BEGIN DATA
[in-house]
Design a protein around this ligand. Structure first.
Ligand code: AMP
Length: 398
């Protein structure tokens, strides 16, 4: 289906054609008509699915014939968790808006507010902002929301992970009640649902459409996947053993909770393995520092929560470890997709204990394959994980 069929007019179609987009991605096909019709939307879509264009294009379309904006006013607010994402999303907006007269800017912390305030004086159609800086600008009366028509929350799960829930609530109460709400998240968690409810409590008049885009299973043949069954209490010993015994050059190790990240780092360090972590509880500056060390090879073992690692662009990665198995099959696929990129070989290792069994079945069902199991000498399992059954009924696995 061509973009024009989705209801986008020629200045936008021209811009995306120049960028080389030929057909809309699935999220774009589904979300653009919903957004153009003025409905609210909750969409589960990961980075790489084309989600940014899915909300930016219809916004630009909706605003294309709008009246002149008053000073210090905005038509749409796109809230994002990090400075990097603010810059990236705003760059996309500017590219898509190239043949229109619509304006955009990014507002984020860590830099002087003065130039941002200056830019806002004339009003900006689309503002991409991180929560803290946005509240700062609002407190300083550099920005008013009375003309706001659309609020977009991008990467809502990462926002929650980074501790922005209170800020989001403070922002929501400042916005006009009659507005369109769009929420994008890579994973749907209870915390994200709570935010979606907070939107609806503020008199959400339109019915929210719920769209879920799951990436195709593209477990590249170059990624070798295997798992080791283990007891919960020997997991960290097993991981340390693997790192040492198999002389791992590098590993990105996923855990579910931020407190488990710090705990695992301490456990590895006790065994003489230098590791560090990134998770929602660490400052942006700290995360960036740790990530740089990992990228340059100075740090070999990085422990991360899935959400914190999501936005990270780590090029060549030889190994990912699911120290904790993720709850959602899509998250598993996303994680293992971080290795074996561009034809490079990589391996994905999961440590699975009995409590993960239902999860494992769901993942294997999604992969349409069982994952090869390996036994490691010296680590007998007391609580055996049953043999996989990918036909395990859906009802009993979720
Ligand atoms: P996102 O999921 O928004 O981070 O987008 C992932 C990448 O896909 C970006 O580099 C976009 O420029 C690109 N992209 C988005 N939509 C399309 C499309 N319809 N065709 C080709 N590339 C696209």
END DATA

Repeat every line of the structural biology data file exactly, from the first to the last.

[in-house]
Design a protein around this ligand. Structure first.
Ligand code: AMP
Length: 398
């Protein structure tokens, strides 16, 4: 289906054609008509699915014939968790808006507010902002929301992970009640649902459409996947053993909770393995520092929560470890997709204990394959994980 069929007019179609987009991605096909019709939307879509264009294009379309904006006013607010994402999303907006007269800017912390305030004086159609800086600008009366028509929350799960829930609530109460709400998240968690409810409590008049885009299973043949069954209490010993015994050059190790990240780092360090972590509880500056060390090879073992690692662009990665198995099959696929990129070989290792069994079945069902199991000498399992059954009924696995 061509973009024009989705209801986008020629200045936008021209811009995306120049960028080389030929057909809309699935999220774009589904979300653009919903957004153009003025409905609210909750969409589960990961980075790489084309989600940014899915909300930016219809916004630009909706605003294309709008009246002149008053000073210090905005038509749409796109809230994002990090400075990097603010810059990236705003760059996309500017590219898509190239043949229109619509304006955009990014507002984020860590830099002087003065130039941002200056830019806002004339009003900006689309503002991409991180929560803290946005509240700062609002407190300083550099920005008013009375003309706001659309609020977009991008990467809502990462926002929650980074501790922005209170800020989001403070922002929501400042916005006009009659507005369109769009929420994008890579994973749907209870915390994200709570935010979606907070939107609806503020008199959400339109019915929210719920769209879920799951990436195709593209477990590249170059990624070798295997798992080791283990007891919960020997997991960290097993991981340390693997790192040492198999002389791992590098590993990105996923855990579910931020407190488990710090705990695992301490456990590895006790065994003489230098590791560090990134998770929602660490400052942006700290995360960036740790990530740089990992990228340059100075740090070999990085422990991360899935959400914190999501936005990270780590090029060549030889190994990912699911120290904790993720709850959602899509998250598993996303994680293992971080290795074996561009034809490079990589391996994905999961440590699975009995409590993960239902999860494992769901993942294997999604992969349409069982994952090869390996036994490691010296680590007998007391609580055996049953043999996989990918036909395990859906009802009993979720
Ligand atoms: P996102 O999921 O928004 O981070 O987008 C992932 C990448 O896909 C970006 O580099 C976009 O420029 C690109 N992209 C988005 N939509 C399309 C499309 N319809 N065709 C080709 N590339 C696209």